Safeguarding south Asian children

The NSPCC below offers professionals advice on tackling child abuse in British south Asian communities.

A recent NSPCC survey of 500 British south Asians revealed that 42 per cent of those who suspected child abuse did nothing about their concerns. Of those who did act, less than four per cent reported it to the police and only three per cent reported it to social services.
Manager of the NSPCC’s Asian child protection helpline and member of the Asian community, Saleha Islam says this is no surprise. Islam believes the south Asian communities, social services, police, and other child protection professionals need to work together to break down the barriers to reporting abuse so that south Asian children can be protected.  
“As part of the south Asian community I know that people are afraid to go outside the community to get help. They have real fears about the child being removed from the family and outsiders not understanding Asian cultures, religions and languages.
“The results of the survey showed that most people choose to deal with the problem themselves by telling a member of the child’s family or speaking to the child they suspect is being abused themselves. I have had calls from people on the NSPCC’s Asian helpline reporting abuse but refusing to give the contact details of the family because they want to deal with the problem themselves, rather than getting the authorities involved. 
“Through the NSPCC’s work with south Asian communities over the years and calls to the Asian helpline, we hear directly from the community about what stops them from seeking professional help. People often wrongly believe the authorities are not to be trusted and intervention by the authorities is to be avoided. 
“Many do not understand why authorities get involved and what happens when they do. Some believe urban myths about children being removed from their homes after midnight or placed for adoption because they were smacked.
“Being Asian, I know the importance of family life and keeping the honour of the family name. If something goes wrong it falls on the shoulders of the adults in the family to sort it out themselves.  The problem is that individuals or families who delay getting help early can risk further harm to a child and furthermore protect the perpetrator, making the situation much worse.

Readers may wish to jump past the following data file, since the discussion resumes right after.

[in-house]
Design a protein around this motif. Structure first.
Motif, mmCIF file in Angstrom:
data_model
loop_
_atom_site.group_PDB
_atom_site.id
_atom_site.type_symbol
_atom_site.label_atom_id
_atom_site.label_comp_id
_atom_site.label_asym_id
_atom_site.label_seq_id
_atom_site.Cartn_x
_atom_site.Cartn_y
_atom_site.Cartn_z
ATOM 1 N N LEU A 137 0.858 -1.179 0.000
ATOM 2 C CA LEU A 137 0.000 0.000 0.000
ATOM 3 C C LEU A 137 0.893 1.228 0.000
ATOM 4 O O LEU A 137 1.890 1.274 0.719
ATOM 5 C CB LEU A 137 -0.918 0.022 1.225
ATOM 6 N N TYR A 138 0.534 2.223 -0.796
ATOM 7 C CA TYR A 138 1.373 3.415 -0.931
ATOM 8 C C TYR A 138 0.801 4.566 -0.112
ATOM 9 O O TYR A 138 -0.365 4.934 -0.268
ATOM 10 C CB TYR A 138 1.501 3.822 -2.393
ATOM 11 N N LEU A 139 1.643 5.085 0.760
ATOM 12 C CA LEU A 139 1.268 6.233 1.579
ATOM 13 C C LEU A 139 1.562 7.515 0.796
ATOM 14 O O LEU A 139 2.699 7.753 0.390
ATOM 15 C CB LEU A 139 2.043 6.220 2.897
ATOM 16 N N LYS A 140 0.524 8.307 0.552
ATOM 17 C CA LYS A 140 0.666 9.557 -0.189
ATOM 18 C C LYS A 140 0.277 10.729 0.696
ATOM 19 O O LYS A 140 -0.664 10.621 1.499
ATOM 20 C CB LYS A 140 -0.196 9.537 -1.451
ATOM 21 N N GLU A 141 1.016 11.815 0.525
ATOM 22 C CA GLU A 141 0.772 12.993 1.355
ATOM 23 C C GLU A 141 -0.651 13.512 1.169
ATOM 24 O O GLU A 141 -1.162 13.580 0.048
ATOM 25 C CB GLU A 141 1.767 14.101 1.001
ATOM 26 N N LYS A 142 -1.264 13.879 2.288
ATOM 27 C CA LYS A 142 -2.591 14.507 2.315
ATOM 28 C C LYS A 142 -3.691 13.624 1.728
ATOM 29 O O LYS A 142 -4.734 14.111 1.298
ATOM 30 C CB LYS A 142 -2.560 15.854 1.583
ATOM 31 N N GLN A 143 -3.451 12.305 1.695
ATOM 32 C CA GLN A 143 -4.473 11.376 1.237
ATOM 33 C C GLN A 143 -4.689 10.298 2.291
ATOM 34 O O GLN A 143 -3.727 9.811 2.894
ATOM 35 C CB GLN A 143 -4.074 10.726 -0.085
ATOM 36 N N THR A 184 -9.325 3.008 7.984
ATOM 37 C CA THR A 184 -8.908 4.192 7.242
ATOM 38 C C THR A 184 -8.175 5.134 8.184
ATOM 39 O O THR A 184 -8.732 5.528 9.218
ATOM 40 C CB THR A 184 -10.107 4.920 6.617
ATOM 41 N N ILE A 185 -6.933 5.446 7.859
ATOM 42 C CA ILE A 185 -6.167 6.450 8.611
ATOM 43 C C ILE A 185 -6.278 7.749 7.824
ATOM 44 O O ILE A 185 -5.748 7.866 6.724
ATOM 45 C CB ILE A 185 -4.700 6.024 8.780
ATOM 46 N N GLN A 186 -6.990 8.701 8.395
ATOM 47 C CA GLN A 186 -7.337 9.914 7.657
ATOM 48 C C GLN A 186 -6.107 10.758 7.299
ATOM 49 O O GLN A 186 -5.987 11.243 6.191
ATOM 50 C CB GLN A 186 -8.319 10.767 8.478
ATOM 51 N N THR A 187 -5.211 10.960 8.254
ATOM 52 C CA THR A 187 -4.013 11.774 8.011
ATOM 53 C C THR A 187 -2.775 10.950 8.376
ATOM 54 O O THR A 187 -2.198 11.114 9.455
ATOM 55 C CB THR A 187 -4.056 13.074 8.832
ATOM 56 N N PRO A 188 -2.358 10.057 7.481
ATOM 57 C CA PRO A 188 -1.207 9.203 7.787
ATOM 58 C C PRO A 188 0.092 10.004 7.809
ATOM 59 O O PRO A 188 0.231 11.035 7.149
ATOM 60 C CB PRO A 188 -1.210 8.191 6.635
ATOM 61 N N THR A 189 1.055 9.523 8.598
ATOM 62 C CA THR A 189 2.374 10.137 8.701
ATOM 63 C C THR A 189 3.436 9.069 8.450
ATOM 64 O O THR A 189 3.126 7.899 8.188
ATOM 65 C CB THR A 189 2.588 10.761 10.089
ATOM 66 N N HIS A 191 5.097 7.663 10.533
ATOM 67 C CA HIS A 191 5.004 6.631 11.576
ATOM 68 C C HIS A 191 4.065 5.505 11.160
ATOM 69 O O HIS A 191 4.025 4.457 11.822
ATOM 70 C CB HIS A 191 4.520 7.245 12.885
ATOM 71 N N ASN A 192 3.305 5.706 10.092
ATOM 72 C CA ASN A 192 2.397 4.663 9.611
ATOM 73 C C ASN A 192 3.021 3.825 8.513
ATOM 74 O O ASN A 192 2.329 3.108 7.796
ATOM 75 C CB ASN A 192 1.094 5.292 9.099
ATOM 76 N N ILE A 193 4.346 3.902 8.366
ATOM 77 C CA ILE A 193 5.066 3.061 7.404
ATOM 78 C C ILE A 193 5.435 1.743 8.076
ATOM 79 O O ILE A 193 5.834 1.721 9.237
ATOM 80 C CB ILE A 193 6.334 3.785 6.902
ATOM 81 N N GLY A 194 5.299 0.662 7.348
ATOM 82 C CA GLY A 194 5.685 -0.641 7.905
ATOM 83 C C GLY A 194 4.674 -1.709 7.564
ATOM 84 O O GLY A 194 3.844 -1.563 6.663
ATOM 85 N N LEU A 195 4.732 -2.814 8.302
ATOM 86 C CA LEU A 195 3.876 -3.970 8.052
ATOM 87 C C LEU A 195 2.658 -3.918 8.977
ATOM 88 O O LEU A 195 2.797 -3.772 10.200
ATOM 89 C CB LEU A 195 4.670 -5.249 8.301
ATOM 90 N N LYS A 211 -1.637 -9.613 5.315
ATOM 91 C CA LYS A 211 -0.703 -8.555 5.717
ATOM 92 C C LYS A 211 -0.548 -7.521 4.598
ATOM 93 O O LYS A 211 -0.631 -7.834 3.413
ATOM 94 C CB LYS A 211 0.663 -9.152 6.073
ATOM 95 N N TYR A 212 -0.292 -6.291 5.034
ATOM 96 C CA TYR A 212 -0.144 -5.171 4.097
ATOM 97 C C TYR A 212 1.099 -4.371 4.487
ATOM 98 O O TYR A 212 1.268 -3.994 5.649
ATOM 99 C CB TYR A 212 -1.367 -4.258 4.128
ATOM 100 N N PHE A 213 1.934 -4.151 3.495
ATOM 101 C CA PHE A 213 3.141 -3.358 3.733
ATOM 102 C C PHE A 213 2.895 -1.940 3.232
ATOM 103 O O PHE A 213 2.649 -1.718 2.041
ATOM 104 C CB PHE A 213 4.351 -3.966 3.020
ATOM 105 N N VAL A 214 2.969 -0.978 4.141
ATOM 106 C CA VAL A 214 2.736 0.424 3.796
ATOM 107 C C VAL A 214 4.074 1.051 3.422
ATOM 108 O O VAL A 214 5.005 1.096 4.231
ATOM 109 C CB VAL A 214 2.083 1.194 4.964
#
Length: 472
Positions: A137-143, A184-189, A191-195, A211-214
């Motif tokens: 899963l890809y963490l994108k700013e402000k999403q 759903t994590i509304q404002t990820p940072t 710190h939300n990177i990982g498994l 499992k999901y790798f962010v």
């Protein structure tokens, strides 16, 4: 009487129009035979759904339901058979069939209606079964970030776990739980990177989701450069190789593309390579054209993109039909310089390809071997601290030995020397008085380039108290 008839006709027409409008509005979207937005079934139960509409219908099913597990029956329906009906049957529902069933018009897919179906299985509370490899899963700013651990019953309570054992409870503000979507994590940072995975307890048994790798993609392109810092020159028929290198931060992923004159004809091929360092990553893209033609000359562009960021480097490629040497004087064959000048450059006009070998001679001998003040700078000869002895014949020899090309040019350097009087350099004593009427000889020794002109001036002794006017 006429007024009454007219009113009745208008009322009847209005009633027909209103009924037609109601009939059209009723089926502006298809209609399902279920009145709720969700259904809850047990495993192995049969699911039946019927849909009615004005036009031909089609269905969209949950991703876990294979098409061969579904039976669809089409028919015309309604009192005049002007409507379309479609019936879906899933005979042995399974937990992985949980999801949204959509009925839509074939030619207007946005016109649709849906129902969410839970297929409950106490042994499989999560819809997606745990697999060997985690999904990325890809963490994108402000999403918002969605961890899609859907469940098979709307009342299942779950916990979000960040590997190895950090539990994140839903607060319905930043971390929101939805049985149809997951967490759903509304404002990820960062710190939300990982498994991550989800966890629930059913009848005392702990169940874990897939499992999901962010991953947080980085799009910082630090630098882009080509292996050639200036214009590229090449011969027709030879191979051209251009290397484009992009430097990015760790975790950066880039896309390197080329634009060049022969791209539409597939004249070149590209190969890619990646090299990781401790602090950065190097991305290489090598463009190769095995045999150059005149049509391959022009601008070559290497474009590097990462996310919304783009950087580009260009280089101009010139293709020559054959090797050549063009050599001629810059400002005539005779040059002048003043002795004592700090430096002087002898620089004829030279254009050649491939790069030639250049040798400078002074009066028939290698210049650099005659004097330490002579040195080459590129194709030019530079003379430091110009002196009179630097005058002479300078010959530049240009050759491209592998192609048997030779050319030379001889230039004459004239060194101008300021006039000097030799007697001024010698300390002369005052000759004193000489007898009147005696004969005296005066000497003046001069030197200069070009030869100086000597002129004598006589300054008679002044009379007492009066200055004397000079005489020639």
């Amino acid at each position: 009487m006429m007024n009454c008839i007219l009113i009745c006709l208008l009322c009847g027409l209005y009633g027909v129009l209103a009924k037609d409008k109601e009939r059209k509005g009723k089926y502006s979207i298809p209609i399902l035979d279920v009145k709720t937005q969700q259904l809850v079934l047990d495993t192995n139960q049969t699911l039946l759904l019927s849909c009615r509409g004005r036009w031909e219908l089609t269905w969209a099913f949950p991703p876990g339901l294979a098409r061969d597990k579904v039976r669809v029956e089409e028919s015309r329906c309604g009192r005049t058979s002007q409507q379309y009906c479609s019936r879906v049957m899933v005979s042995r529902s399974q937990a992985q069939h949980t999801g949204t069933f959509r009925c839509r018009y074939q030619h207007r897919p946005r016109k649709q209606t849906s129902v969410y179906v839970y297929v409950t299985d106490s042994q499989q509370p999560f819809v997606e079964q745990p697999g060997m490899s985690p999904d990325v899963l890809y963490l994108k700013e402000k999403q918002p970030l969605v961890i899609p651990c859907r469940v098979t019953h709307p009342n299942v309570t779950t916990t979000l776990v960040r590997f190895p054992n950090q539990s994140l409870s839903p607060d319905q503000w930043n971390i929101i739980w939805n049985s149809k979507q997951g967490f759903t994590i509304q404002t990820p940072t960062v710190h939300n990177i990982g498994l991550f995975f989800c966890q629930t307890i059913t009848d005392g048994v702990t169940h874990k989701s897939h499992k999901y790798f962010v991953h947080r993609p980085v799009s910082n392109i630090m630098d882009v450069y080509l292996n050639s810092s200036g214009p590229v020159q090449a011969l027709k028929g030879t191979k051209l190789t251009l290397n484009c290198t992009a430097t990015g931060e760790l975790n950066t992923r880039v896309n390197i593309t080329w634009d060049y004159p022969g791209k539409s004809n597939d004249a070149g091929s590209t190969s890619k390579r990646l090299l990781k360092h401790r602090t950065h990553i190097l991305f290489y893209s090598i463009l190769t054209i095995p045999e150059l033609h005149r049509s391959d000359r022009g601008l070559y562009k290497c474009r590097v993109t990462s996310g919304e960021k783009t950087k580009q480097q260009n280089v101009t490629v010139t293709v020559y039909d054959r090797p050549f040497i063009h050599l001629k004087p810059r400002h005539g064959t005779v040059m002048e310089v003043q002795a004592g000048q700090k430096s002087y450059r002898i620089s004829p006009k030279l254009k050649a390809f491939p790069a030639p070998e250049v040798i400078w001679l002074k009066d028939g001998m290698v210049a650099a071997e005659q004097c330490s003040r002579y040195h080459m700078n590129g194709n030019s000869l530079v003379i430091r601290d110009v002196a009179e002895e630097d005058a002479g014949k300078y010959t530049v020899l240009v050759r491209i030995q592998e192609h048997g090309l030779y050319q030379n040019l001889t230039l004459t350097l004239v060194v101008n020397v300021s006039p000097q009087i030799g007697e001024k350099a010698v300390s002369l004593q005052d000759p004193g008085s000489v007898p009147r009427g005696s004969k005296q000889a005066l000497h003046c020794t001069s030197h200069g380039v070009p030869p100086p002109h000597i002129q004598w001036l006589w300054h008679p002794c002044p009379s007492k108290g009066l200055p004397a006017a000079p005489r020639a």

“To address these issues and help encourage the south Asian communities to turn to the authorities for help, child protection professionals must take into account cultural differences and be knowledgeable of the barriers faced by south Asian individuals wanting to protect a child.  
“To help them do this, best practice advice and help on these issues is available to professionals through the Asian child protection helpline.  Professionals can talk to staff with specialist knowledge and experience over the phone free of charge about Asian families they work with, so they can help families manage these issues without compromising their children’s safety.
“This service is also there for anyone in the south Asian community to turn to who has concerns about a child.

Counsellors can take calls from adults and children in Bengali, Sylheti, Gujurati, Hindi, Urdu, Punjabi and English to give advice and support to keep children safe.
“The south Asian community must understand that putting ethnic and cultural beliefs before the safety of a child can put them in danger. Attitudes must change to working with and seeking help from the authorities. 
“Child protection professionals and the south Asian communities working in partnership will help break down some of the barriers that prevent individuals from getting help. Early reporting and interventions can make a difference and save children’s lives.”

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